Or will the pond dry up too soon as it has the last few years? I guess I’ll be forced to continue to stop by. Oh darn! One thing I have noted since the ice melted: I’ve yet to see a predacious diving beetle and there are hardly any mosquito larvae flipping about. That’s good for the tadpoles on one end of the spectrum and not so good on the other. To be food and to eat food.
I also wondered, will the white and opaque masses of the spotted salamander eggs turn green like they are supposed to–also dependent on a symbiotic algae?
After checking on my wee ones, I walked the pond’s perimeter and noticed activity at a spot I’ve been keeping an eye on in the southwest corner. Well, not current activity, but recent. For the first time this year, a hole has been excavated.
It’s the same hole that was excavated last year. Darker debris was piled in front.
At about three or so inches across, I wondered who owned it. Too small for foxes, and certainly too wet. Too big for chipmunks and a dirty dooryard. Could it be a mink? Do they leave a messy dooryard? I found the same hole excavated last year, but never any other evidence of the maker. I’ll continue to check for any other signs.
My eyes reverted back to the pool, where raindrops and reflections created an artistic display.
And then I pulled myself away, frozen were my fingers. The greenness of the world continued to show its face everywhere I turned from the maple-dust lichen to . . .
young white pines, their candelabras growing long,
red maple samaras upon old leaves,
and cherry flowers developing.
What do April showers bring? Mayflowers (trailing arbutus), of course,
Haha. If you know me well, you know I’d rather be a wall flower than step onto the dance floor. I easily managed to avoid all high school dances, except one prom. And then, barely danced at that, probably much to my date’s dismay. After that, so many moons ago, I don’t think I danced again until my wedding–at which time any dear friends in attendance watched with humor at my awkward movements. But today, I felt the rhythm surging through my body.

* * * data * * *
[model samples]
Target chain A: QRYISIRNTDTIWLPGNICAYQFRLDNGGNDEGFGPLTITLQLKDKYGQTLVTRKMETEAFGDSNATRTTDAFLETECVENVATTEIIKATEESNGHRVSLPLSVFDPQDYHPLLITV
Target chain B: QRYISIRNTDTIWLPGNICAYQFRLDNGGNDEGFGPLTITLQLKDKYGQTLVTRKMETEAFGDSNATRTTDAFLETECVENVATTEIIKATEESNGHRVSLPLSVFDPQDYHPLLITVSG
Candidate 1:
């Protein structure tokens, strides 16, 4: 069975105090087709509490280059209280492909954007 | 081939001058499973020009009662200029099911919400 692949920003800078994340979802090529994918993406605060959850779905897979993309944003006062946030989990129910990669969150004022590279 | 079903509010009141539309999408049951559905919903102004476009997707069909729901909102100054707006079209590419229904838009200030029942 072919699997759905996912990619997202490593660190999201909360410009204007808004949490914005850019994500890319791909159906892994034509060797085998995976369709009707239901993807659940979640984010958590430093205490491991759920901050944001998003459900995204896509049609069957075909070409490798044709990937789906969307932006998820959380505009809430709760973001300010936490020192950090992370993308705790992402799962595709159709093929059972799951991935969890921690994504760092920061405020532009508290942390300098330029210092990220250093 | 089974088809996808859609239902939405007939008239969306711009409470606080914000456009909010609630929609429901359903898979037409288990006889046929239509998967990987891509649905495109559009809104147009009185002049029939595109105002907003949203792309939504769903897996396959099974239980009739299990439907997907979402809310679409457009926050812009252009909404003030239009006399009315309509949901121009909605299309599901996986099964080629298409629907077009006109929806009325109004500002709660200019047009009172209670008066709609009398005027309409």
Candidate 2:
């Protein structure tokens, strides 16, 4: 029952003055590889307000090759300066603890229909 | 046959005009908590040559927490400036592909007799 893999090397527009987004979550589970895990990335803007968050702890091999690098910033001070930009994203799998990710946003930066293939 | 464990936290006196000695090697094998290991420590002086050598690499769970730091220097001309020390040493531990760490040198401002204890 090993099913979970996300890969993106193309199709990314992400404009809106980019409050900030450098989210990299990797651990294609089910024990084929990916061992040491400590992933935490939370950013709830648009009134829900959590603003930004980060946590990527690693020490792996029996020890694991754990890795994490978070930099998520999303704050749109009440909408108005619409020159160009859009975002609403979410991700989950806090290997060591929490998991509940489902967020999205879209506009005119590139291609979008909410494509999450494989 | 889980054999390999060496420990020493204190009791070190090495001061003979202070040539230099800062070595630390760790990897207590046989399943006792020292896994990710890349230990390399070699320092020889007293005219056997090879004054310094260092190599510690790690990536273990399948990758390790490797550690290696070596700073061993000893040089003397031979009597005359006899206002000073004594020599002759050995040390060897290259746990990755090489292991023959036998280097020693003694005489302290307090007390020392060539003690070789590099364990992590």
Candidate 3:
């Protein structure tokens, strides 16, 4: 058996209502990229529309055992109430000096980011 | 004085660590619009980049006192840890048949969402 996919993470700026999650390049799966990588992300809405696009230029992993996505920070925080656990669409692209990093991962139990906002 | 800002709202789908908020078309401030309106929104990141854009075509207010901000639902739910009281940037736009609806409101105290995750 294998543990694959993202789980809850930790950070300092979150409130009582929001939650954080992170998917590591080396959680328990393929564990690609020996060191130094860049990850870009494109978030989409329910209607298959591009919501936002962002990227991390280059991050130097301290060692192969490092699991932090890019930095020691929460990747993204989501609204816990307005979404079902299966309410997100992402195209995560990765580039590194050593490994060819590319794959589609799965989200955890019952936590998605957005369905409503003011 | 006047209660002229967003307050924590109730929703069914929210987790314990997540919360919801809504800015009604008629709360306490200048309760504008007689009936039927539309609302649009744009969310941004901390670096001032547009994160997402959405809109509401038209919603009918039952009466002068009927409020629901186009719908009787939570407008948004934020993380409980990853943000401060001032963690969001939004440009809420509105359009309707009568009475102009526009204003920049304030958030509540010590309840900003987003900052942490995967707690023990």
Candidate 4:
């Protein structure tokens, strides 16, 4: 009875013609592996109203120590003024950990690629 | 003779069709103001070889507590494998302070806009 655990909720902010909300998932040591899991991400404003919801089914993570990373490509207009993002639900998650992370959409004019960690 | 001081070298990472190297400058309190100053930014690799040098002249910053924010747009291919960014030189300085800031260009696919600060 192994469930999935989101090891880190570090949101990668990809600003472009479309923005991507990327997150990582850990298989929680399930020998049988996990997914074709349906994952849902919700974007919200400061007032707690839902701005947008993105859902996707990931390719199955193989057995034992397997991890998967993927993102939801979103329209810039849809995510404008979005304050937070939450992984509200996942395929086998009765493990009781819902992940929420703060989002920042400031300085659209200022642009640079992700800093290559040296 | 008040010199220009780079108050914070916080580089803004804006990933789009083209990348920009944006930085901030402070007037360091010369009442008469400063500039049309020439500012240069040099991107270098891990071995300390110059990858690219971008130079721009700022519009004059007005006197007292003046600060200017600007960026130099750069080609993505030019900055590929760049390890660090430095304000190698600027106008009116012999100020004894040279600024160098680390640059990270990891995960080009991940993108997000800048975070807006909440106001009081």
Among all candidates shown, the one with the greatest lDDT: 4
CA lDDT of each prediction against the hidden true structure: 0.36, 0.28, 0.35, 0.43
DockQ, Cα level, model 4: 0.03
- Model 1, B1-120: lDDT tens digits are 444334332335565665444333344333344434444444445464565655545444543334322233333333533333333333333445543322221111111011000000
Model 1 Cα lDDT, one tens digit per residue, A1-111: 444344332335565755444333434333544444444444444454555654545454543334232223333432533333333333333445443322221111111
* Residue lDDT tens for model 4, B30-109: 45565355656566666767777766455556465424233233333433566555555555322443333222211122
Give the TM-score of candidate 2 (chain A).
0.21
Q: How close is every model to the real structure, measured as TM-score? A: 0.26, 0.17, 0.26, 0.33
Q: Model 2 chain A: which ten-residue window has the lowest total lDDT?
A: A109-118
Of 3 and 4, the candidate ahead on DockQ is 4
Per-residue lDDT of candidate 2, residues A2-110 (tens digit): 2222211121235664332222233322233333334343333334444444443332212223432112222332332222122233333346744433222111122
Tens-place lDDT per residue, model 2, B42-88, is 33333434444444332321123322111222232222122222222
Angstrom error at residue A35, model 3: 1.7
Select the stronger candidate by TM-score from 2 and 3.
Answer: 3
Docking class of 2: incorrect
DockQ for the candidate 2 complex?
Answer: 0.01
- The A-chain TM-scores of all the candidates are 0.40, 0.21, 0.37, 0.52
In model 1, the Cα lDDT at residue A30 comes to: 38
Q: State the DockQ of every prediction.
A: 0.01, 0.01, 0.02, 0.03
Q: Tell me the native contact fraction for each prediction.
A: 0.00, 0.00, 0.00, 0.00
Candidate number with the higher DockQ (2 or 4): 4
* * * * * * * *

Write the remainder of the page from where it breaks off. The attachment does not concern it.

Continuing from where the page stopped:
It all began on my way to the vernal pool. Perhaps it was really just a shiver as the breeze blew across the last of the snow, hard packed still along the snowmobile trail.
Or maybe it was the depression that held the snowmelt and was covered with an oil slick of sorts . . .
which turned out to be a million springtails bopping to their own tunes.
It could have been the sudden sight of so many trailing arbutus plants that got me going.
Certainly I wasn’t the only one excited by those flowers yet to be. (Do you see the springtail on the tip of the bud?)
Or it might have been the ever shrinking ice cover at the pool that made my feet tap.
Perhaps it was the fallen beech leaves atop tree reflections that forced me to sway.
Or the way the hemlock, oak, maple and beech leaves intermingled.
What I do know is that there was no stopping me once I spotted spotted salamander spermatophores atop leaves in several open sections–the sperm being located at the top of the cauliflower-shaped platforms.
And then I saw something swim under some leaves that really got me rocking. Do you see the face of the wood frog, hiding as best it could?
As I began to circle around the dance floor, I noticed an offering of scat that made me think a red fox had sashayed beside the pool.
On my own sashay home, I discovered that there were other dancers in the midst–this one possibly a sharp-shinned hawk.
And after that a woodpecker.
And then a junco.
Along the cowpath, the red maple flowers blushed as I might were I to get all gussied up in a flowing dress.
Much the way a suitor might wink, so much has happened so quickly. Within the past week the snow melted almost entirely away and winter released its hold on me. Now I’m ready to groove with the choreography of spring’s rhythm. I hope you’ll join me on the dance floor.
When she invited me to join her for a walk down a dirt road, I knew Jinnie Mae and I would make some wonderful discoveries, but had no idea what begged to be noticed.
We cruised along at a faster pace than normal as we chatted . . . and then . . . we slowed . . . down. And that’s when the world poured forth its graces.
Beside a small stream, we were in the land of numerous ebony jewelwing damselflies, their metallic green bodies, beady black eyes and jewel-outlined wings showing brilliantly as they flitted about.
We noticed Jack-in-the-Pulpit growing strong, proud and tall,